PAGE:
Thursday, October 13, 2011

"Occupy Wall Street:" An Inevitable Moment for America

by Joe Sestak

America's character is based on an alliance of rugged individualism and common enterprise -- a fair individual opportunity and the commonwealth of our country. Shared opportunity is shared prosperity, and common wealth is common strength.

As predictable as our revolution was against England's rulers more than two hundred years ago, so were the ones in the Middle East and North Africa in these last several months. Predictable simply because what was good for the powerful and well-connected was not good for the rest of the citizenry.

There emerged competing realities: the reality that the powerful pursued and the reality within which people actually lived. Simply put, the leaders pursued their own interests without thinking about the interests of their people; they thus lost the support of the people. In my 31 years of naval service across the globe, I came to understand that while many in the world may respect the power of America's military and the strength of its economy, they admire the power of our ideals -- it's why the young Egyptian officer commented as he did, and why the uprisings were inevitable. And it is why my political experience convinces me that the reason the people revolted is a lesson that applies not only to leaders overseas, but also to our own leaders here at home.

Americans are certainly faced with challenging times. We are concerned for our future and there is a lot of justified outrage -- just as in Egypt and Tunisia -- when the nation's institutions seem to be incapable of positive change. But beyond this, I think there is a deeper uneasiness in America today. People feel that the American Dream -- the idea that our children, based on their efforts, will have the opportunity to do even better than we have done -- is broken. In fact, we know it's broken. The collaboration of a group of researchers from across the political spectrum demonstrated that, for the first time in our history, Americans in their 30s are earning less than their parents did at that age a generation ago. And this study was conducted a year before the recession that decimated the stock market, cost nearly 10 million American jobs, and wiped out $14 trillion in household wealth.

The American people see major challenges on every front and are afraid no one really has a plan to deal with any of them. Instead, what the people see are leaders who have made the "politics of survival" the determining factor of what they do. This practice of survival politics has caused leaders to adhere to a "political" reality that is different from that in which most of us actually live. As a consequence, people feel that leaders no longer are willing to use -- or even capable of using -- their power within an institution in order to change actual conditions outside the institution. Moreover, the political establishment's requirement for near-unanimous adherence to its view of reality is increasingly producing outsiders rather than those who are willing to change the system from the inside -- just as was the case from Bahrain and Yemen to Libya. This failure of our traditional political institutions to change from within provides impetus to outside forces -- such as our own "revolutionary" faction, the tea party -- much as political institutional failure has done in countries such as Tunisia and Egypt.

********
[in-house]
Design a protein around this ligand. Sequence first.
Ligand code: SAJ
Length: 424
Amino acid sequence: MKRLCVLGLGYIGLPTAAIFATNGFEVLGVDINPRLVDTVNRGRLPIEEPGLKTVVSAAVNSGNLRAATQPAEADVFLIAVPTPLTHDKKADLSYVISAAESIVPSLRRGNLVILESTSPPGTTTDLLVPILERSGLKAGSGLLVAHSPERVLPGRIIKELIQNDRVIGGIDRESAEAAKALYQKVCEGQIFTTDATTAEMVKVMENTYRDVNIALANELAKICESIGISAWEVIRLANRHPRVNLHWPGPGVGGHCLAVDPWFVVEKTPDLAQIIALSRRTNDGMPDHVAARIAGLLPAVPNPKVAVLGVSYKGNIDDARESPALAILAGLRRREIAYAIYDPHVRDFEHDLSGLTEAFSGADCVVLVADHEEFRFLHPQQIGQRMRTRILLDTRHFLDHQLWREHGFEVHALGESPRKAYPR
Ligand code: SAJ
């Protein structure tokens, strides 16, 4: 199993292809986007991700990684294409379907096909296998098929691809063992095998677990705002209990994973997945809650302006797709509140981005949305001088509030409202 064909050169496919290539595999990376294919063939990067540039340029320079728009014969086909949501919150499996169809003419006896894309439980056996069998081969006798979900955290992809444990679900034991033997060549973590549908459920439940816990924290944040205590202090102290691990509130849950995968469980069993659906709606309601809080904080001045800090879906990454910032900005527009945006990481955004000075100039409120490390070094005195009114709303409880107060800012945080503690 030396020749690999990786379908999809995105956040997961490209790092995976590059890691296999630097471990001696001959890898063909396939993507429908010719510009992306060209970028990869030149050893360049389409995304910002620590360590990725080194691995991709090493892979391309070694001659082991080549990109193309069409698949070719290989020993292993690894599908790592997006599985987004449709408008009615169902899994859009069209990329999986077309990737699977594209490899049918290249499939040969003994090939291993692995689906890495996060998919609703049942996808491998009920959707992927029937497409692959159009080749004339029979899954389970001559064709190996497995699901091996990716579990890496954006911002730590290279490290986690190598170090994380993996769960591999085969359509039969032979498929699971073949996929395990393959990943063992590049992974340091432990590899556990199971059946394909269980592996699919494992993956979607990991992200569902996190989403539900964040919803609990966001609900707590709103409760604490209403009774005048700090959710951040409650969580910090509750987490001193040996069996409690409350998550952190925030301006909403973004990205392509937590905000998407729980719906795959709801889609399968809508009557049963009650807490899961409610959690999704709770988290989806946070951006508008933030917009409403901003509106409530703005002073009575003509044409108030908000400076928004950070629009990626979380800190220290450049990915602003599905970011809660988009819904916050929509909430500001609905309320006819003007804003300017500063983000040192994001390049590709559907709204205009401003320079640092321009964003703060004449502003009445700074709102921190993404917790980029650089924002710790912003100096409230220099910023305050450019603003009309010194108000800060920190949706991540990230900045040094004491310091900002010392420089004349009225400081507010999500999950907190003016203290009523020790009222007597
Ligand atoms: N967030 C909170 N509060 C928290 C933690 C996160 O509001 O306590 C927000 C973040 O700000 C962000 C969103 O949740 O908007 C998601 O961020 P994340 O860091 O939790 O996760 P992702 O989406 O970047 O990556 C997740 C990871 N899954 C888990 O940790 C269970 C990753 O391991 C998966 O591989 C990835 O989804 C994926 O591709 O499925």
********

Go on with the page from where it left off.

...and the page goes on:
This understandable lack of faith in our government and its leaders has ravaged not only our democratic process, but ultimately undermines our sense of national unity -- what we stand for and what we are capable of. It is not just politics. The trust of Americans has been devastated by fraud and failure in virtually every area of public life. People have been let down and led astray -- to disastrous consequences -- by government and politicians, corporations and titans of business, civic leaders and experts of all stripes. Unbelievable lapses of oversight and foresight have occurred across administrations and on the watch of both parties. The government of the people has rarely been held in such low regard by the people; and when the body created by and for the people does not enjoy the public trust, it must be viewed as nothing short of a crisis. We are arguably in no less a crisis than are the governments that have lost the support of their people in North Africa and the Middle East. We must restore trust in our leaders.

The impact of this lack of public trust can be seen in the Obama administration's decision regarding Libya's uprising. For the first time, a president has taken the nation to war with less than a majority of Americans supportive of his decision.

We are the only nation that was first founded on an idea, not on power. Competing views of how to continue achieving the progress of that idea is part of the ongoing American conversation about who we are as a nation, who we aspire to be, and the role we seek in the world. And if our leaders restore the people's trust with a commitment to accountability, we will be able to address the range of security challenges of this century with a renewed strength built upon our most precious resource: our people and an alliance of a fair individual opportunity with the common good. It is what the uprisings in the Middle East and North Africa are about.

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